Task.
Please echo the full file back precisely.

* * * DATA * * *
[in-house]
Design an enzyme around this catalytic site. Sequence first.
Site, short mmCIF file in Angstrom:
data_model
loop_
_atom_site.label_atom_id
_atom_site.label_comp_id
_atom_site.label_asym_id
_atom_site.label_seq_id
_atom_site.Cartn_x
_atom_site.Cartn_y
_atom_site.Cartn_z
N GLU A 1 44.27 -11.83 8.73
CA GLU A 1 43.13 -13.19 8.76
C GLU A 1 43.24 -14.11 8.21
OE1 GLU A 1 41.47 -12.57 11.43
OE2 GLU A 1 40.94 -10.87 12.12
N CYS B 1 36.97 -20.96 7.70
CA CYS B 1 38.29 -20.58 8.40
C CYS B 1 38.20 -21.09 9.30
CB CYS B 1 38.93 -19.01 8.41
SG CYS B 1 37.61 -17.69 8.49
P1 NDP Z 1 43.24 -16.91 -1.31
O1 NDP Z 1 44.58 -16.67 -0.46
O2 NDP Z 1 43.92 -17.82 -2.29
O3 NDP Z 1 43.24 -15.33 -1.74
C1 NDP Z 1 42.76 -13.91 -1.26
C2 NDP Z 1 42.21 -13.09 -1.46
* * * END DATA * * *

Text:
[in-house]
Design an enzyme around this catalytic site. Sequence first.
Site, short mmCIF file in Angstrom:
data_model
loop_
_atom_site.label_atom_id
_atom_site.label_comp_id
_atom_site.label_asym_id
_atom_site.label_seq_id
_atom_site.Cartn_x
_atom_site.Cartn_y
_atom_site.Cartn_z
N GLU A 1 44.27 -11.83 8.73
CA GLU A 1 43.13 -13.19 8.76
C GLU A 1 43.24 -14.11 8.21
OE1 GLU A 1 41.47 -12.57 11.43
OE2 GLU A 1 40.94 -10.87 12.12
N CYS B 1 36.97 -20.96 7.70
CA CYS B 1 38.29 -20.58 8.40
C CYS B 1 38.20 -21.09 9.30
CB CYS B 1 38.93 -19.01 8.41
SG CYS B 1 37.61 -17.69 8.49
P1 NDP Z 1 43.24 -16.91 -1.31
O1 NDP Z 1 44.58 -16.67 -0.46
O2 NDP Z 1 43.92 -17.82 -2.29
O3 NDP Z 1 43.24 -15.33 -1.74
C1 NDP Z 1 42.76 -13.91 -1.26
C2 NDP Z 1 42.21 -13.09 -1.46